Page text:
Route 2 - working your way up
The second way spa managers have traditionally gained their titles is to work their way up from therapist to head therapist, then assistant manager to spa manager etc. This route to spa management overcomes the aforementioned difficulties but brings a whole set of new ones to the table; the lack of management experience/training. This can cause some problems in their ability to perform some of the duties required of a spa manager such as marketing, accounting, scheduling and general operations management. In such cases there are specific short courses that are available that can be completed alongside work. Managers should contact their local college or look for distance learning courses available.
Spa management training recommendations
Ideally spa organisations need to recognise the importance of proper spa management training and get behind their employees when it comes to expenses and work schedules. Leaving it up to the individual to seek out further training is not sufficient as it places the onus on the individual to recognise their own short comings as managers, which is often difficult to be objective about. Additionally spa organisations should be building links with existing training institutes to form bonds and ensure that all training is industry specific. Courses such as the spa management courses that are offered by the University of Derby for instance which include a compulsory work experience component would be well served by connections with spa organisations and as such is mutually beneficial.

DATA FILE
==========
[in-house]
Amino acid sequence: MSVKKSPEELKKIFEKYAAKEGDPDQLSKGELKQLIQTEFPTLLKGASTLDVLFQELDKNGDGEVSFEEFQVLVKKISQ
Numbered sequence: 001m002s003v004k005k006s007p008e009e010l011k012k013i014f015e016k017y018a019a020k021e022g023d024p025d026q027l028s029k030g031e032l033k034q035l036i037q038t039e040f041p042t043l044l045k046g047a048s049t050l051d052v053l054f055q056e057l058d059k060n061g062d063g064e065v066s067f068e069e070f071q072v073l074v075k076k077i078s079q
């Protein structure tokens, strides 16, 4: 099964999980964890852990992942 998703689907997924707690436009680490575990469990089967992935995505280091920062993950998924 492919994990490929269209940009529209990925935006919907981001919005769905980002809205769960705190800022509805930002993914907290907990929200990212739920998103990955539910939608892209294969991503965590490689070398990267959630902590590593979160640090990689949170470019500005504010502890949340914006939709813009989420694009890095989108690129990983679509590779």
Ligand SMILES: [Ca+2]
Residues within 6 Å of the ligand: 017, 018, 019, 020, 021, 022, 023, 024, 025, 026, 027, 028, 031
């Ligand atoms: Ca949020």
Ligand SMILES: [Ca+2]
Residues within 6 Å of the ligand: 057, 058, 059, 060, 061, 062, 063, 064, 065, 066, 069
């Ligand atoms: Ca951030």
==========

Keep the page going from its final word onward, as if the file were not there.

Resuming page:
For those just starting out in the industry who aspire to spa management, courses such as those offered at the University of Derby are a good option and can be completed full time or on a part-time basis alongside work. These courses cover the perfect blend of management skills and essential spa knowledge; with modules such as human biological sciences, managing people, financial decision making, international spa maintenance and treatments, international perspectives of spa treatment, risk management, management and business strategy, managing cultural diversity, international spa design, hydrotherapy, advanced consumer behaviour and international health tourism. The key with such courses however, is to gain as much work experience as possible, so it is advised that those interested undertake any additional optional work placements to further enhance their employability.